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IPv6 - a noobs prespective



On 2/9/11 2:22 PM, Owen DeLong wrote:
> There have been IPv6 for dummies sessions at many past NANOGs.
>
> If NANOG is willing to provide time and space for them at future events, I will
> be happy to conduct the tutorial sessions.

program committee would no doubt love to hear from you.


> Owen
> 
> On Feb 9, 2011, at 10:30 AM, Mike Lyon wrote:
> 
>> With the recent allocation of the last existing IPv4 /8s (which now kind of
>> puts pressure on going v6), it would be wonderful if at the next couple of
>> NANOGs if there could be an IPv6 for dummies session or two :)
>>
>> -Mike
>>
>>
>> On Wed, Feb 9, 2011 at 10:22 AM, Jack Bates <jbates at brightok.net> wrote:
>>
>>> On 2/9/2011 12:03 PM, William Herrin wrote:
>>>
>>>> The thing that terrifies me about deploying IPv6 is that apps
>>>> compatible with both are programmed to attempt IPv6 before IPv4. This
>>>> means my first not-quite-correct IPv6 deployments are going to break
>>>> my apps that are used to not having and therefore not trying IPv6. But
>>>> that's not the worst part... as the folks my customers interact with
>>>> over the next couple of years make their first not-quite-correct IPv6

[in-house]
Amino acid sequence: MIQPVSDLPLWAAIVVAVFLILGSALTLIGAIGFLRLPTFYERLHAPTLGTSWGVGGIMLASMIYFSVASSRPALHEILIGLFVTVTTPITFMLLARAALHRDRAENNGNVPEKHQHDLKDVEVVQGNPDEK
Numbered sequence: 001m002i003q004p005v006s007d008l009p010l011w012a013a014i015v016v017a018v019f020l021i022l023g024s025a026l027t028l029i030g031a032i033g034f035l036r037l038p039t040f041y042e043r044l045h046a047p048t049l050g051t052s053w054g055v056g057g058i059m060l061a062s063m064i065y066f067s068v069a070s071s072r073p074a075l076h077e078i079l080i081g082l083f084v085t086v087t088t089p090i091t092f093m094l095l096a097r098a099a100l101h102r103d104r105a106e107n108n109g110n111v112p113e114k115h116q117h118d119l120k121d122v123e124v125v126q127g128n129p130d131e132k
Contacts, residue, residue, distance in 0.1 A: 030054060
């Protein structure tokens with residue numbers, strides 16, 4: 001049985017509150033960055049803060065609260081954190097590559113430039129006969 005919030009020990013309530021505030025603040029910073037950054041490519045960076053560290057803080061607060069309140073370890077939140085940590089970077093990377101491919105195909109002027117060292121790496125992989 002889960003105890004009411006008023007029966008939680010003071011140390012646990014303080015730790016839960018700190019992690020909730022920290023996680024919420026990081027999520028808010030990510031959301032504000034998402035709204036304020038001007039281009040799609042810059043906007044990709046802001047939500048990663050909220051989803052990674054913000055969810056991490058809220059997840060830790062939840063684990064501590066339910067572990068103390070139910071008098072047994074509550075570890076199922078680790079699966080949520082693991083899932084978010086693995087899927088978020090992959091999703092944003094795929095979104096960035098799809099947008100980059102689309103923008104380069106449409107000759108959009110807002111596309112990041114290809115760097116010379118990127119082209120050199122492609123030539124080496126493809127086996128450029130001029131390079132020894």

>>>> deployments, my access to them is going to break again. And again. And
>>>> again. And I won't have the foggiest idea who's next until I get the
>>>> call that such-and-such isn't working right.
>>>>
>>>
>>> What scares me most is that every time I upgrade a router to support needed
>>> hardware or some badly needed IPv6 feature, something else breaks. Sometimes
>>> it's just the router crashes on a specific IPv6 command entered at CLI (C)
>>> or as nasty as NSR constantly crashing the slave (J); the fixes generally
>>> requiring me to upgrade again to the latest cutting edge releases which
>>> everyone hates (where I'm sure I'll find MORE bugs).
>>>
>>> The worst is when you're the first to find the bug(which I'm not even sure
>>> how it's possible given how simplistic my configs are, isis multitopology,
>>> iBGP, NSR, a few acls and route-maps/policies), it takes 3-6 months or so to
>>> track it down, and then it's put only in the next upcoming release (not out
>>> yet) and backported to the last release.
>>>
>>>
>>> Jack (hates all routers equally, doesn't matter who makes it)
>>>
>>>
> 
> 
>